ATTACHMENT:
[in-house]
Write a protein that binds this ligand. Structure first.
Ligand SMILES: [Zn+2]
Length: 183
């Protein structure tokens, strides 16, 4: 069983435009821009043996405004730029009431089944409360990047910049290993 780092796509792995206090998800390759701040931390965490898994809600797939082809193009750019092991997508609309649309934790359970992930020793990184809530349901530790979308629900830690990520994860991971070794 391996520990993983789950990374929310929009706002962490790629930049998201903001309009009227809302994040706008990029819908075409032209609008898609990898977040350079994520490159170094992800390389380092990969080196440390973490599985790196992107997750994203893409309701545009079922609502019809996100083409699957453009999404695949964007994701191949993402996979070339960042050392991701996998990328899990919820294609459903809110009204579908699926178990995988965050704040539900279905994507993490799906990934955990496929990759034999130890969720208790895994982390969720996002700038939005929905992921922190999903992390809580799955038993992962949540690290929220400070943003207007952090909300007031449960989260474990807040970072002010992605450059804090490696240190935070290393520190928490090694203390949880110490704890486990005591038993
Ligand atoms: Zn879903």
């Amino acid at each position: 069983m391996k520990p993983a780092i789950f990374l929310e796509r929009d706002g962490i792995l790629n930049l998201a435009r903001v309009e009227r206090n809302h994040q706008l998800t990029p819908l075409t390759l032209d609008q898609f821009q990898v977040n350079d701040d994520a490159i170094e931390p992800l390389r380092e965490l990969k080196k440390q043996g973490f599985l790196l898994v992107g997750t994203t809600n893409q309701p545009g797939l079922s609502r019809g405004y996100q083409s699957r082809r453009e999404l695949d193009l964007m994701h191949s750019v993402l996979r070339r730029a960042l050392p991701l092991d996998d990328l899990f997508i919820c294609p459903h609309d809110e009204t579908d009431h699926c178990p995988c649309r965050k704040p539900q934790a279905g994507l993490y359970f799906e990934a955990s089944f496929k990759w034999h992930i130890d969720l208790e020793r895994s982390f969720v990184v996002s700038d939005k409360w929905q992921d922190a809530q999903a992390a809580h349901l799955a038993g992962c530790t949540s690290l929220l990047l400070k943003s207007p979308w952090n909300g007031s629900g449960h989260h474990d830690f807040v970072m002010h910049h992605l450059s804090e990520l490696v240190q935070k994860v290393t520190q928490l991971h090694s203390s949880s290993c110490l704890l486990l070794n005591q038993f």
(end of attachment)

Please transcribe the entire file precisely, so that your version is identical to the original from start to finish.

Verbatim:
[in-house]
Write a protein that binds this ligand. Structure first.
Ligand SMILES: [Zn+2]
Length: 183
């Protein structure tokens, strides 16, 4: 069983435009821009043996405004730029009431089944409360990047910049290993 780092796509792995206090998800390759701040931390965490898994809600797939082809193009750019092991997508609309649309934790359970992930020793990184809530349901530790979308629900830690990520994860991971070794 391996520990993983789950990374929310929009706002962490790629930049998201903001309009009227809302994040706008990029819908075409032209609008898609990898977040350079994520490159170094992800390389380092990969080196440390973490599985790196992107997750994203893409309701545009079922609502019809996100083409699957453009999404695949964007994701191949993402996979070339960042050392991701996998990328899990919820294609459903809110009204579908699926178990995988965050704040539900279905994507993490799906990934955990496929990759034999130890969720208790895994982390969720996002700038939005929905992921922190999903992390809580799955038993992962949540690290929220400070943003207007952090909300007031449960989260474990807040970072002010992605450059804090490696240190935070290393520190928490090694203390949880110490704890486990005591038993
Ligand atoms: Zn879903």
């Amino acid at each position: 069983m391996k520990p993983a780092i789950f990374l929310e796509r929009d706002g962490i792995l790629n930049l998201a435009r903001v309009e009227r206090n809302h994040q706008l998800t990029p819908l075409t390759l032209d609008q898609f821009q990898v977040n350079d701040d994520a490159i170094e931390p992800l390389r380092e965490l990969k080196k440390q043996g973490f599985l790196l898994v992107g997750t994203t809600n893409q309701p545009g797939l079922s609502r019809g405004y996100q083409s699957r082809r453009e999404l695949d193009l964007m994701h191949s750019v993402l996979r070339r730029a960042l050392p991701l092991d996998d990328l899990f997508i919820c294609p459903h609309d809110e009204t579908d009431h699926c178990p995988c649309r965050k704040p539900q934790a279905g994507l993490y359970f799906e990934a955990s089944f496929k990759w034999h992930i130890d969720l208790e020793r895994s982390f969720v990184v996002s700038d939005k409360w929905q992921d922190a809530q999903a992390a809580h349901l799955a038993g992962c530790t949540s690290l929220l990047l400070k943003s207007p979308w952090n909300g007031s629900g449960h989260h474990d830690f807040v970072m002010h910049h992605l450059s804090e990520l490696v240190q935070k994860v290393t520190q928490l991971h090694s203390s949880s290993c110490l704890l486990l070794n005591q038993f």